So far, so good. So far, the communications have started within the LAN which connects to the WAN via 126.96.36.199.
What happens if there is a SERVER on the LAN, and you want someone in the outside world to be able to start the conversation? (Rather as Alice started her conversation with YouTube, but with roles reversed.)
Well, the someone in the outside world needs to know the 188.8.131.52... or whatever is currently assigned for the WAN's link to the router connecting to the LAN with the server.
As I said... it is unlikely that you have a static IP address. You probably have a dynamic IP address, e.g. the hypothetical "184.108.40.206" changes from time to time. Probably not very often. But at all is a problem.
Like most technology challenges, almost as soon as someone encountered the problem, someone else came up with an answer. It is a little complex to describe, but read through quickly once, and then go back over it. It isn't too bad, really.
Take the server on my LAN which let's anyone out there in internet land see what the weather has been like at a house I monitor between New York and Boston, in the USA. First I signed up with a service... I'll come to that in a moment. As part of the sign up, I chose the weather station's URL. For my weather station, it is http://www.mon277rr.dyndns.org/. (I chose the "mon277rr" part. The rest I had to accept in return for using a free service.)
Whenever anyone asks to go to my weather reporting server, they are routed through the computers at dyndns.org. They know the right current IP address for my server.
How do they know?
When I first turned everything on, I sent to dyndns.org the IP address my weather server was on at the time. Since then, a device on the same LAN checks and rechecks what IP address the LAN's router is using to "talk" to the internet. As long as it doesn't change, nothing need be done. Whenever it does change, the device on my LAN sends a message to dyndns.org, and they revise their records, and anyone looking for my weather server is still sent to the right place.
I spoke of "a device on the same LAN". This is sometimes an always-on PC running the dyndns updater application. It is sometimes the router itself. Some of them have dyndns service updaters built into them. Some IPcams have dyndns service updaters built into them. A story for another time.
The one I've used for many years comes from Dyn.com. (They used to be called dyndns.com)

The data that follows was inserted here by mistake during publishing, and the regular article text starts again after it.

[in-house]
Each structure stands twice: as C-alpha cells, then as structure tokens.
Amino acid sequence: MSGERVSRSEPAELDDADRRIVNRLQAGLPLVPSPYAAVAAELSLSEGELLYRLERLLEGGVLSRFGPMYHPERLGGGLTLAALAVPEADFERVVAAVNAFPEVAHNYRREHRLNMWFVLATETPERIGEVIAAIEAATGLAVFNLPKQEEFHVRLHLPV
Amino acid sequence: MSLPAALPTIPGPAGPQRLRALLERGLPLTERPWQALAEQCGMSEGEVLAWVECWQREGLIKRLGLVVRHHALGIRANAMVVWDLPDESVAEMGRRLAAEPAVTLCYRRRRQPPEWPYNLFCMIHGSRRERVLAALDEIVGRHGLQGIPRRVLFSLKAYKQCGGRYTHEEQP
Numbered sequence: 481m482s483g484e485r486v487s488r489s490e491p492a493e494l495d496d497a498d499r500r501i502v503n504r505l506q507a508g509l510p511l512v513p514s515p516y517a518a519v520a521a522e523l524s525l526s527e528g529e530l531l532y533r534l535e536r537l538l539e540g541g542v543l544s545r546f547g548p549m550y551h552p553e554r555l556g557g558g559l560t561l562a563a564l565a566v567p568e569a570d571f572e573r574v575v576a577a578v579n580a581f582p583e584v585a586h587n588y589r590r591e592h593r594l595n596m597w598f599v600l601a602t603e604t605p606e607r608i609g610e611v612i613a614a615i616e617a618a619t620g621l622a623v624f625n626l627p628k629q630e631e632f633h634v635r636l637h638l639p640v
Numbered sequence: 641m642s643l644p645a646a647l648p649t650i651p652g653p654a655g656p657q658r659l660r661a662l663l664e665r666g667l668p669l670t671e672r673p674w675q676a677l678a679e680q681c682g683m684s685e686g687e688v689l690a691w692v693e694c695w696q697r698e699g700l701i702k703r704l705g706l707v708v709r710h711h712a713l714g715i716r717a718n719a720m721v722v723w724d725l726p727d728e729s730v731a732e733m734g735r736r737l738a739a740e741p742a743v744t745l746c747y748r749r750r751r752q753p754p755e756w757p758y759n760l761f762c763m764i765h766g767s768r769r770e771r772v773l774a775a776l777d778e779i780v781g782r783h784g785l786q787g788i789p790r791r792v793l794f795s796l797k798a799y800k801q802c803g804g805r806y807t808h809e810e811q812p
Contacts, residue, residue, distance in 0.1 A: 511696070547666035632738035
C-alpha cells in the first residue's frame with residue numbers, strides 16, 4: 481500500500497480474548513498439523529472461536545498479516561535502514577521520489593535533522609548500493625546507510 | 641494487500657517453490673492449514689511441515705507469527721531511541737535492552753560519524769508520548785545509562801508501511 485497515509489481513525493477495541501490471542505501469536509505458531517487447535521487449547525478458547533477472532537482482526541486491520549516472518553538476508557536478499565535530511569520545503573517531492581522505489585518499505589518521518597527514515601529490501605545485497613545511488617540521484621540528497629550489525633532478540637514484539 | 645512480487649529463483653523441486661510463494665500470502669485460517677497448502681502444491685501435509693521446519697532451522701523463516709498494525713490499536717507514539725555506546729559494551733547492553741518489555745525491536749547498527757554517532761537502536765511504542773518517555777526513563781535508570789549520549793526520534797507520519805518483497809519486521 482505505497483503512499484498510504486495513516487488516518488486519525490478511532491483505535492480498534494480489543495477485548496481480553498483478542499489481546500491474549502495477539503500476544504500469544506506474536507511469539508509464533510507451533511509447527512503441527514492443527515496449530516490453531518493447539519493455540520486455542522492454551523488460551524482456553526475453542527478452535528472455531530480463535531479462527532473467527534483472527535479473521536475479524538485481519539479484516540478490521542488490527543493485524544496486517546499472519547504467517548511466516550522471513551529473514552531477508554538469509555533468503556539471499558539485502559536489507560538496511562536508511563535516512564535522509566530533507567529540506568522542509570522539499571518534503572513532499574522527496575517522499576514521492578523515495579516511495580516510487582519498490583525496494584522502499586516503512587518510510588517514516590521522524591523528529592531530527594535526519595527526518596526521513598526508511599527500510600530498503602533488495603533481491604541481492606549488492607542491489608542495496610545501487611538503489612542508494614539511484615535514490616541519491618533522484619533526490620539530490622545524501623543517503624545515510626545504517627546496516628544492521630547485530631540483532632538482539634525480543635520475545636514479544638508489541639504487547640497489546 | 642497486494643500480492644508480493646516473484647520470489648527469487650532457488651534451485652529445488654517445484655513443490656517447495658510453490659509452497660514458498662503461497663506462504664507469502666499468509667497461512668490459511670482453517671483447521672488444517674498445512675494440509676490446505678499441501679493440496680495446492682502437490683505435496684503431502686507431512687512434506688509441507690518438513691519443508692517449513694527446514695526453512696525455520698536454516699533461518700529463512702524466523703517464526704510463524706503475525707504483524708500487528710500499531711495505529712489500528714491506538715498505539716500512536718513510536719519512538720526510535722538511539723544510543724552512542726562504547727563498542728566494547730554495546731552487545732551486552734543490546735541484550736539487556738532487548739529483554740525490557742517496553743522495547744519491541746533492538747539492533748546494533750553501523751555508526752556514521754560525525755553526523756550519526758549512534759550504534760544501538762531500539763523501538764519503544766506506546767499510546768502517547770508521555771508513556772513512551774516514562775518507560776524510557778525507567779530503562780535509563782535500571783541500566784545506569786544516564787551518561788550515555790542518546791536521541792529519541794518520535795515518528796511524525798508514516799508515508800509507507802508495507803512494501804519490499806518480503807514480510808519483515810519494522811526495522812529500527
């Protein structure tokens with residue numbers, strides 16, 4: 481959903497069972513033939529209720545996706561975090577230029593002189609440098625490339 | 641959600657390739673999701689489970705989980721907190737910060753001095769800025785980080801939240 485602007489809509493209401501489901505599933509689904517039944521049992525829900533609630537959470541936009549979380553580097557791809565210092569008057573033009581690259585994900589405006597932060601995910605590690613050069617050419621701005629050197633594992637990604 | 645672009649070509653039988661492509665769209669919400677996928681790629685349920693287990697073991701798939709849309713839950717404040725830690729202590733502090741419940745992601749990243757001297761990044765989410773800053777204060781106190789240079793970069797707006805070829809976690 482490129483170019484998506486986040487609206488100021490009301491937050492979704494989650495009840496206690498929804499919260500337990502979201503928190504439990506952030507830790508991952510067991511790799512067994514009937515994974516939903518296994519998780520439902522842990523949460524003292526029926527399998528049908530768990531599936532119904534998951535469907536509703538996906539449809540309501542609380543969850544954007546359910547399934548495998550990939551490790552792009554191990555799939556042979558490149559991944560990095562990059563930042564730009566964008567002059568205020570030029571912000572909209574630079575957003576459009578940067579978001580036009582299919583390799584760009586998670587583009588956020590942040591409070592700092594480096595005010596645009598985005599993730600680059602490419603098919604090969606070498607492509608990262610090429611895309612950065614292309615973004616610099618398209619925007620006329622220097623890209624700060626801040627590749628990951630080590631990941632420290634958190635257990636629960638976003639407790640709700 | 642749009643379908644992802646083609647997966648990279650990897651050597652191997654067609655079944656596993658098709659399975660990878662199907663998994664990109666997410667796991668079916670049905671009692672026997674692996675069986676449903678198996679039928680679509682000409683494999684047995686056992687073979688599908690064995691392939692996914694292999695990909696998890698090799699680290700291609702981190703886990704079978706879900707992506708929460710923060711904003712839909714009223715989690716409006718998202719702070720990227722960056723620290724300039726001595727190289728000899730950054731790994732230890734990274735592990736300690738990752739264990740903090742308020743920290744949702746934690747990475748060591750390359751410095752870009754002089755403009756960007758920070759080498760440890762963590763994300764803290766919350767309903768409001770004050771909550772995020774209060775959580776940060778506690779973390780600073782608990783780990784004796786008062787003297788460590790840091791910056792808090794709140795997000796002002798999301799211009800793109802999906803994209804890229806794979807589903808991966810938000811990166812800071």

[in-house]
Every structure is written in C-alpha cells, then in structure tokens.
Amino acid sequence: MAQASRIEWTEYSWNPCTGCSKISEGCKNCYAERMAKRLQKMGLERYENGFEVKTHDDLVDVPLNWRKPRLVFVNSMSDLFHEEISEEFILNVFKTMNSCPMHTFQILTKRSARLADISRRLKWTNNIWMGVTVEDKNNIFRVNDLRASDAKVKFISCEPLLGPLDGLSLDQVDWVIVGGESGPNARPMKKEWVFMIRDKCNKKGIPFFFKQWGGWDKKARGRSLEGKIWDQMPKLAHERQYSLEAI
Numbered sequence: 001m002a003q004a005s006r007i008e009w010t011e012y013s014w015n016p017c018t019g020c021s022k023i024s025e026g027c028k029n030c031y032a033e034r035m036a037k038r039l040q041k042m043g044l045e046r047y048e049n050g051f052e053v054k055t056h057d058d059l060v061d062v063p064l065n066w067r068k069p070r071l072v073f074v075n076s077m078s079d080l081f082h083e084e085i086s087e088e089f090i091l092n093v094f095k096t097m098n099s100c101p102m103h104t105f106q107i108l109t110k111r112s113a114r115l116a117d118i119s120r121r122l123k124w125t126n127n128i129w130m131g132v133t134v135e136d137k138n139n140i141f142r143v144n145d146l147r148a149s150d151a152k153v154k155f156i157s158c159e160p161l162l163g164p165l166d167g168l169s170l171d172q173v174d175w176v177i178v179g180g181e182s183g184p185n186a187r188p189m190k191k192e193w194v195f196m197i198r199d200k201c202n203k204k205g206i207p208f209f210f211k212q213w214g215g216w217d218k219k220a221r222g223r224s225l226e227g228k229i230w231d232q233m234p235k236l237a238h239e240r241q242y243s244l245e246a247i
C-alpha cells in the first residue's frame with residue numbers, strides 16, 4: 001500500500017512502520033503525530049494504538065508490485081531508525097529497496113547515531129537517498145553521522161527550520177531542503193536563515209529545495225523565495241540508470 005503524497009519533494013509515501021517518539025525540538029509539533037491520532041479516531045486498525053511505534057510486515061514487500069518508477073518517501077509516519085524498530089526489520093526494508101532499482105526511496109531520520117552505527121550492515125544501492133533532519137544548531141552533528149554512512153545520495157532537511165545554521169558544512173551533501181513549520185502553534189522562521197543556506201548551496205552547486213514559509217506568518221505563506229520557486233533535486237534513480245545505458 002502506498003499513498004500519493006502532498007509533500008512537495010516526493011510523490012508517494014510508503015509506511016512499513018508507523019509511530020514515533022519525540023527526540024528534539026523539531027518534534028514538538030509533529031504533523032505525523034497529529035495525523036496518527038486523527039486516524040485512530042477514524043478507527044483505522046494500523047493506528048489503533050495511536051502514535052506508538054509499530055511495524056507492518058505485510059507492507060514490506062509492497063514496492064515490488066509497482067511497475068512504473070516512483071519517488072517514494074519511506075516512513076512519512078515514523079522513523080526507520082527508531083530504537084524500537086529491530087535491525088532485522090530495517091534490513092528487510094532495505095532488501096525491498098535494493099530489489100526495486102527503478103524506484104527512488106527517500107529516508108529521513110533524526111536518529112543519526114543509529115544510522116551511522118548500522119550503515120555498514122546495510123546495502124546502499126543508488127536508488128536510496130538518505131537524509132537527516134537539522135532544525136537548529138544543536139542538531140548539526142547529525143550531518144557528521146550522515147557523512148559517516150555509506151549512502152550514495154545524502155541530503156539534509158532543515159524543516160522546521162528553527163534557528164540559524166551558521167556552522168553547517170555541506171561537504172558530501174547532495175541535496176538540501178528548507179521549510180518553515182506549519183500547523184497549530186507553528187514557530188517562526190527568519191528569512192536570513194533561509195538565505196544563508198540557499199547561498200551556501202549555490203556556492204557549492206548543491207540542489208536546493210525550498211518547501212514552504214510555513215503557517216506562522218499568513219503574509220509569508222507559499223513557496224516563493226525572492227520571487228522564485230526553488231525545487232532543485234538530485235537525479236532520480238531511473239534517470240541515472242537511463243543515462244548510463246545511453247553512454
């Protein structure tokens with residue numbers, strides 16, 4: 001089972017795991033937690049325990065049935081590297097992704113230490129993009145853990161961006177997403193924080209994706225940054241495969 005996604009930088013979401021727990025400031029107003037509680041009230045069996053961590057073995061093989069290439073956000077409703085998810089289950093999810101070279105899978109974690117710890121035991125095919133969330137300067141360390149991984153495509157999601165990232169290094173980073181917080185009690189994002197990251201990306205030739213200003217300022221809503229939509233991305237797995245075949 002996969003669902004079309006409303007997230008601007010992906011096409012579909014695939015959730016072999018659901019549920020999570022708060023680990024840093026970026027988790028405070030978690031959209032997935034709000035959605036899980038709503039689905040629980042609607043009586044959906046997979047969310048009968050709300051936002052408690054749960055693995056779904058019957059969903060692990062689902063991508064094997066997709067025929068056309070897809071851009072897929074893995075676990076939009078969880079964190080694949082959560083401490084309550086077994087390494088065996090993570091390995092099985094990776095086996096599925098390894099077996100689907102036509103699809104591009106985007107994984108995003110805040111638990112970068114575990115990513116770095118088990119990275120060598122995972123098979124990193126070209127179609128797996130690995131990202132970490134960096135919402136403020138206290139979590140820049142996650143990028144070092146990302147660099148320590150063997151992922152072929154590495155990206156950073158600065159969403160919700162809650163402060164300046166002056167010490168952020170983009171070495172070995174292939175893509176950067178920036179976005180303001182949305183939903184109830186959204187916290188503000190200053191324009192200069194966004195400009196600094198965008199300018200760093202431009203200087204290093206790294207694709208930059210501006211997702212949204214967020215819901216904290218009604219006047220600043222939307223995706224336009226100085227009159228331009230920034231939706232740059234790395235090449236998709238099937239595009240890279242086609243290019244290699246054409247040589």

Until about Dec 2011, for the home user, they allowed free use of their service, but you had to go along about every three months and say "Yes, I want to continue using your service."
Even before December 2011, I was already paying them $20 per year to use their service. It was worth it to me. They were doing a good job, and for that nominal charge, I didn't have to keep "renewing".
At August 2012, they still offer a free trial... for 14 days. You can make sure you can overcome the set-up issues, etc, before paying. The service you want, for the sort of things we've been discussing, is what they call their "DynDNS Pro". Go to http://dyn.com/dns/dyndns-pro/ for the details.
There are free services out there still. For $20, I think I would "go with" the well established dyn.com, and avoid all the hassles of changes to terms, advertising panels, possibly unreliable service, etc, etc.
I apologize for ending rather abruptly! Do let me know if there are aspects of the above which weren't sufficiently clear, or if there are related things I could talk about for you.
A number of things I do with the internet make use of the dyndns service I get from Dyn.com... I hope that if you came here from one of them, you can get back to where you came from easily!
Page tested for compliance with INDUSTRY (not MS-only) standards, using the free, publicly accessible validator at validator.w3.org. An early draft of the page was valid apart from several things inside the code to embed the video clip of the ocelots.